Krysten Ritter: Jared Leto. He’s a busy boy and a huge rock star, and I don’t know him, but when I was a teenager in my formative years, I was definitely a big fan. My So Called Life was it and so was he…the flannel shirts, the guitar, the hair cut…that’s so my type (laughing).
Al Norton: Can you preview this week’s episode for me?
Krysten Ritter: It’s our Thanksgiving episode; I take June home with me so she can be my emotional support in dealing with my parents, however I force her to pretend to be in a wheelchair so that she can level the playing field with my Mom.
Don’t miss Don’t Trust the B- In Apt 23, tonight at 9:30pm on ABC
“Anyone want to get weird and play Mario Kart?”
Don’t Trust the B—- in Apartment 23’s Krysten Ritter is one of television’s rare comedic antiheros. Ritter plays Chloe, the titular B in the show, against Dreama Walker’s good-girl June and James Van Der Beek’s well-intentioned-d-bag celebrity – James Van Der Beek.
The Meta inclusion of Van Der Beek as Chloe’s generally sweet natured but, by virtue of his childhood stardom, pathologically narcissistic best friend adds a massive kick to the show’s comedic flavor. June grounds the show in some semblance of ethical reality. But the beef in the creative stew is Ritter’s scary, strange and weirdly lovable B with sociopathic tendencies, Chloe.
As most sitcoms head into a holiday break this week, we can expect a brand new foray into the antics of Chloe’s barely functional family in Don’t Trust the B’s Thanksgiving episode, “It’s a Miracle”.
“I think it’s our best episode yet,” Ritter enthused in my conversation with the star. “Basically my mother and I can’t stand to be in the same room together and every time we are, I regress back to an adolescent child monster.”
You may also recall the introduction to the batshite loins from whence Chloe sprang in episode 2 of Season 1, “Daddy’s Girl”, in which James and Chloe decide to set June up on a blind date with Chloe’s father Scott (Michael Landes). As if that wasn’t disturbing enough (it was) June was then confronted with Chloe’s mother, a woman still pining over the marriage… from her wheelchair.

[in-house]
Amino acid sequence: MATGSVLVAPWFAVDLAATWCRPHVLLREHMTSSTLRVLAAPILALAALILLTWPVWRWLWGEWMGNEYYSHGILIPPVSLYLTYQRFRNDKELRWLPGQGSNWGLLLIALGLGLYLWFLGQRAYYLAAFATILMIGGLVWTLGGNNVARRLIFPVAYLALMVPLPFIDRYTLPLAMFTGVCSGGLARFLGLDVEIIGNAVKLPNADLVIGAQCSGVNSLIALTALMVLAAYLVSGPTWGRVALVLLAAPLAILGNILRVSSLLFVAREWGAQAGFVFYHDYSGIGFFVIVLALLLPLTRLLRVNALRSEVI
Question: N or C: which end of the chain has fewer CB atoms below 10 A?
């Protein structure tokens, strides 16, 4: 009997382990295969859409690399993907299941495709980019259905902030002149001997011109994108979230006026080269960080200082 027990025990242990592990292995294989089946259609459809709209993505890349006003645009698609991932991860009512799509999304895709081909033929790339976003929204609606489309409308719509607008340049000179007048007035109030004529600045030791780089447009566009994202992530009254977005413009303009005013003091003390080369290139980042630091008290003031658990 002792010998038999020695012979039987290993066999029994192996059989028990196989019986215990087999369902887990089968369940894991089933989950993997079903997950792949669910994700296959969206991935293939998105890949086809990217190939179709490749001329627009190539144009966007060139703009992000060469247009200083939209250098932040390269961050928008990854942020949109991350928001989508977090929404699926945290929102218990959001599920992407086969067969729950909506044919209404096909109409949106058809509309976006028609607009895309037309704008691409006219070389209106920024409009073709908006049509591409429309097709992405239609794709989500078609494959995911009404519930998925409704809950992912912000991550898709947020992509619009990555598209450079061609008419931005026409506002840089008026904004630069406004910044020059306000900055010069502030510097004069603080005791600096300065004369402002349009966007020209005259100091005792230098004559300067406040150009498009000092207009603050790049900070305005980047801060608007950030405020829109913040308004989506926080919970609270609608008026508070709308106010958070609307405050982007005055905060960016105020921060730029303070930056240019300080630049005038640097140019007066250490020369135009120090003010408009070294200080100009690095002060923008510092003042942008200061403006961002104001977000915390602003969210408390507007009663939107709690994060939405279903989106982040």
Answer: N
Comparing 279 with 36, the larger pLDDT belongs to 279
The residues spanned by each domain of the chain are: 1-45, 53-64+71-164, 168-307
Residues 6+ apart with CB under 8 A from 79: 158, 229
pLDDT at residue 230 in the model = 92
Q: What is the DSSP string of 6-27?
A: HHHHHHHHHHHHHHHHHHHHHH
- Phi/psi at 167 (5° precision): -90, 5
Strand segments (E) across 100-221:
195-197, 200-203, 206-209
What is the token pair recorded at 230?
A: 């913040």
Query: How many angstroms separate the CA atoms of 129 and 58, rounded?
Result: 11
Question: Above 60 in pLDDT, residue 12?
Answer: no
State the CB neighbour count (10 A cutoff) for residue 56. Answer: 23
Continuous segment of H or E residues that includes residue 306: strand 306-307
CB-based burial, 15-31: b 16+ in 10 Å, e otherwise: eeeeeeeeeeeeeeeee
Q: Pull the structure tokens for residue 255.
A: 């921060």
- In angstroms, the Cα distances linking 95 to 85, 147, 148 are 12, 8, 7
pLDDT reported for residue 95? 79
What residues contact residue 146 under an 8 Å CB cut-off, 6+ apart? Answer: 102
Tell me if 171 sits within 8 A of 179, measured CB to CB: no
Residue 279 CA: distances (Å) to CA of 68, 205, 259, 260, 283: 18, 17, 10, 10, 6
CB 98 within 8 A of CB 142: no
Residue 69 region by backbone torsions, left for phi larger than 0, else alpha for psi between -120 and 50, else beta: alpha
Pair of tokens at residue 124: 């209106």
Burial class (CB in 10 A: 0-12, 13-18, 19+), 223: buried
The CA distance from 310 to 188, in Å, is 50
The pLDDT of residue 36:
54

“This Thanksgiving I take June home with me to be a buffer and act as emotional support,” Ritter told me. “But then there’s a twist and I make her pretend to be in a wheelchair so she can level the playing field with my mom. And when June gets a little drunk and out of line, I decide to out her as a phony and a fake that’s pretending to need a wheelchair. So she ends up being the bad guy instead of me. It’s ridiculous. Honestly, when I saw it I was laughing hysterically.”
Van Der Beek, not to be left out of the equation, will have an equally outlandish b-storyline in which he (as a part of his continued desperate attempt to return to the limelight) volunteers at a soup kitchen as a PR stunt and then becomes incensed when he is actually expected to work. “Hilarity ensues there as well,” Ritter assured me.
The actress noted that the episode was shot well before the recent “Paul Ryan soup kitchen photo op” controversy during the presidential campaign. The joke does work as an reference though, unintentional or not.
Describing her character, Ritter said, “She’s a true modern chick who’s marching to her own drum. She’s not pining after a guy or climbing a corporate ladder. I think, besides the drinking and the sex, she’s a great role model and a great example of what a modern girl looks like now. She has no attachments, she does crazy wild things, but at the end of the day it’s all for good. She’ll do anything for friends.”
When the actress took on the role it was essential to her that she avoid a predictable turn into the “repentant good girl” and suddenly soften up after the pilot. “Her evolvement is gradual. She can live with the same girl now, and her and James admit that their friendship is deeper than it was five years ago, but she’s going to stay nuts,” Ritter promises. “If anything I think she’s getting crazier. She’s so dynamic and intricate, so once you’re in she just seems to get nuttier. She’s got such a screw loose.”